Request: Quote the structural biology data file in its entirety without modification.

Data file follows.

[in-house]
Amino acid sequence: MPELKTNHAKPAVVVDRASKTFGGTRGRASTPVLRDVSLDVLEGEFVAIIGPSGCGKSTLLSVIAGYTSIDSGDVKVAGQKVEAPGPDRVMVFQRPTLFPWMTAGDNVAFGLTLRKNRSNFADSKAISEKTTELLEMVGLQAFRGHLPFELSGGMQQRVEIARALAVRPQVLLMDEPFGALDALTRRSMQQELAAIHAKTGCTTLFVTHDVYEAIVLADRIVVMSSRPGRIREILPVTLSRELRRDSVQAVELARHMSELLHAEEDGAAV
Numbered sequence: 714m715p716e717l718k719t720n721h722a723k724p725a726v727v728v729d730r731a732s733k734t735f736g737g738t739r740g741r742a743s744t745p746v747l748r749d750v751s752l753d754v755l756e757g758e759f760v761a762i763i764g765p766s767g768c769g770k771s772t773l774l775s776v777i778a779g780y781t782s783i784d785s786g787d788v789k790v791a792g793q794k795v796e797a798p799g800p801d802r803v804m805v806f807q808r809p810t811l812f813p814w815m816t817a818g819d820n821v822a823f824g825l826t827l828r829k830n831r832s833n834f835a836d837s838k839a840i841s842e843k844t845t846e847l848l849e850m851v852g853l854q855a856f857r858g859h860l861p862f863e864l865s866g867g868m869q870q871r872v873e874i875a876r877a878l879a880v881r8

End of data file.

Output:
[in-house]
Amino acid sequence: MPELKTNHAKPAVVVDRASKTFGGTRGRASTPVLRDVSLDVLEGEFVAIIGPSGCGKSTLLSVIAGYTSIDSGDVKVAGQKVEAPGPDRVMVFQRPTLFPWMTAGDNVAFGLTLRKNRSNFADSKAISEKTTELLEMVGLQAFRGHLPFELSGGMQQRVEIARALAVRPQVLLMDEPFGALDALTRRSMQQELAAIHAKTGCTTLFVTHDVYEAIVLADRIVVMSSRPGRIREILPVTLSRELRRDSVQAVELARHMSELLHAEEDGAAV
Numbered sequence: 714m715p716e717l718k719t720n721h722a723k724p725a726v727v728v729d730r731a732s733k734t735f736g737g738t739r740g741r742a743s744t745p746v747l748r749d750v751s752l753d754v755l756e757g758e759f760v761a762i763i764g765p766s767g768c769g770k771s772t773l774l775s776v777i778a779g780y781t782s783i784d785s786g787d788v789k790v791a792g793q794k795v796e797a798p799g800p801d802r803v804m805v806f807q808r809p810t811l812f813p814w815m816t817a818g819d820n821v822a823f824g825l826t827l828r829k830n831r832s833n834f835a836d837s838k839a840i841s842e843k844t845t846e847l848l849e850m851v852g853l854q855a856f857r858g859h860l861p862f863e864l865s866g867g868m869q870q871r872v873e874i875a876r877a878l879a880v881r8